Libya is a country rich in history and tradition, poised to become an important center of trade, democracy and opportunity in the 21st century. It has unique historical, cultural, geographical, economic and geopolitical dimensions that should move it toward being a modern democratic nation with untapped potential.
An independent nation since 1951, Libya stretches along the northeast coast of Africa between Tunisia and Algeria on the west and Egypt on the east; to the south are Sudan, Chad, and Niger. Libya’s historical capital is Tripoli (“Three Cities”), a port city of about 1.27 million people on the Mediterranean Sea.
Libya has five World Heritage sites that are protected by UNESCO. They include the archeological sites of Cyrene, Leptis Magna and Sabratha, as well as the Old Town of Ghadames and the ancient Rock Art site of Tadrart Acacus.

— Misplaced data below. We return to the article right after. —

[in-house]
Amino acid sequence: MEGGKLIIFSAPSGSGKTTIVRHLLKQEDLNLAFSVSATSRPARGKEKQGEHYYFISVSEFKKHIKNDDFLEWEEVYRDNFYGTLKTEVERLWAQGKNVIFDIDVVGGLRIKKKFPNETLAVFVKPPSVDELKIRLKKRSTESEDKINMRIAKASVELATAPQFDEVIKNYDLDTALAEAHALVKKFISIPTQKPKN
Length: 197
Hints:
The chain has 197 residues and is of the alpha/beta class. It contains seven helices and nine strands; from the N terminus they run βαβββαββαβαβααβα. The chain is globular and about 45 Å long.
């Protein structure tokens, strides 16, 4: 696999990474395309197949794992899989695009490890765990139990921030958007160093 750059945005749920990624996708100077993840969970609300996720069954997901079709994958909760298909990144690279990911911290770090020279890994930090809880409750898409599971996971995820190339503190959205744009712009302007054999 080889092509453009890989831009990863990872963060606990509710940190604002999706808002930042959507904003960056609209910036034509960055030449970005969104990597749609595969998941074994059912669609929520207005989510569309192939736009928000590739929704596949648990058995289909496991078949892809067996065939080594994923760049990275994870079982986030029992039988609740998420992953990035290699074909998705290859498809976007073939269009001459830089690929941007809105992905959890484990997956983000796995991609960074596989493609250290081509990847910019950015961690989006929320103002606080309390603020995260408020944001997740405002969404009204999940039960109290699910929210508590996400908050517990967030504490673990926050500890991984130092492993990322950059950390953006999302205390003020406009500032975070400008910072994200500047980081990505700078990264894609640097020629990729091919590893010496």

Libya is the fourth largest country in Africa and the 17th largest in the world. The population of Libya in 2014 was estimated to be about 6,244,174, with a growth rate of 3.08 percent. Cities along the Mediterranean coast are the main population centers.
Libya’s population mainly consists of Arabs and Berbers. Libyans are Sunni Muslims.
The Libyan dinar is the currency unit, replacing the Libyan pound in 1971. One U.S. dollar roughly equals 1.24 Libyan dinars. The name originates from an old Roman coin, the denarius.